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Expert Opin Investig Drugs. 2004 Oct;13(10):1307-18.

Beta-lactamase inhibitors: evolving compounds for evolving resistance targets.

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  • MethylGene, Inc., 7220 Rue Frederick-Banting, Bureau 200, Montreal, PQ H4S 2A1, Canada. nafsikag@aol.com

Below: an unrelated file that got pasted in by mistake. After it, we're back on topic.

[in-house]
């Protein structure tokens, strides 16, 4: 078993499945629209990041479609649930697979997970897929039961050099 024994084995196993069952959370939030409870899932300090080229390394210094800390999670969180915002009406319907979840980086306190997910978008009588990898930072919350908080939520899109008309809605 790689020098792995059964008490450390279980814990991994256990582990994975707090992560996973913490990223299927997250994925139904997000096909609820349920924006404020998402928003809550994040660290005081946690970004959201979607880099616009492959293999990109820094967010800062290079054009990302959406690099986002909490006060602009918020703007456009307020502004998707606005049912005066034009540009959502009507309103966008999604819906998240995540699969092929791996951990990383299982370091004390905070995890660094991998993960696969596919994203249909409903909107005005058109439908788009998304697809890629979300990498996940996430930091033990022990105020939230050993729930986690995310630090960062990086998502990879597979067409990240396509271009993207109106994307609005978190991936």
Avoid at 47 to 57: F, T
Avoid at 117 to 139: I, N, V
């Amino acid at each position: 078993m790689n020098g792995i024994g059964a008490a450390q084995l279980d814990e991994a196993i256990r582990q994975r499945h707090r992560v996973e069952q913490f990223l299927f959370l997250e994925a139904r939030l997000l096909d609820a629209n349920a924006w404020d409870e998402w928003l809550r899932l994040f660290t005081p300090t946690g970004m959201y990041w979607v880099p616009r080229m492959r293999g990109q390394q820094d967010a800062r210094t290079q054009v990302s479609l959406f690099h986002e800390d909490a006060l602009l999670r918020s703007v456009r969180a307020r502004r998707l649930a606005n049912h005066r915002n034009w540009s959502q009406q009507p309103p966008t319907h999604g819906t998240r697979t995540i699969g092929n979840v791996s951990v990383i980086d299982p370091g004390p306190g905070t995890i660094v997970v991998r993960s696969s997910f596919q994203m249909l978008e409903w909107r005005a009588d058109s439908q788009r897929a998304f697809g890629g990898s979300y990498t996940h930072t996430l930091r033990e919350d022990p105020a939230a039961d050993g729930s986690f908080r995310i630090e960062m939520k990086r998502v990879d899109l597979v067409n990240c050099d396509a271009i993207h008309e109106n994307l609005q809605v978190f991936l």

The many and diverse beta-lactamases produced by bacteria, particularly by Gram-negative pathogens, are increasingly posing a serious threat to the clinical utility of beta-lactams. First-generation inhibitors (clavulanic acid, sulbactam, tazobactam) focus on Ambler class A enzymes. However, recent structural upgrades of class A beta-lactamases (e.g. TEM, SHV) have extended their spectrum (extended-spectrum beta-lactamases and carbapenemases [Sme, NMC-A, IMI-1]) and have brought about the possibility of beta-lactamase-inhibitor resistance. Furthermore, the mobilisation and spread of originally chromosomal class C enzymes (CMY, MIR), the growing clinical importance of class B enzymes (IMP, VIM), the emergence of inhibitor-resistant, broad spectrum class D (OXA) enzymes and the co-existence of different classes of beta-lactamases in the same pathogen have spurred research toward universal inhibitors. A complicating issue is target accessibility in Gram-negative bacteria, particularly in Enterobacter, Acinetobacter, Pseudomonas, Stenotrophomonas and other organisms, which is necessary in order for the inhibitor to synergise with vulnerable beta-lactam antibiotics. Several new, broad-spectrum inhibitors have emerged: cephem sulfones and oxapenems are upgrades of penam sulfones and oxapenams, respectively, with cephem sulfones possibly extending their inhibition to class B metallo-enzymes; and boronates and phosphonates are designed de novo, based on common structural and mechanistic features of serine beta-lactamases.

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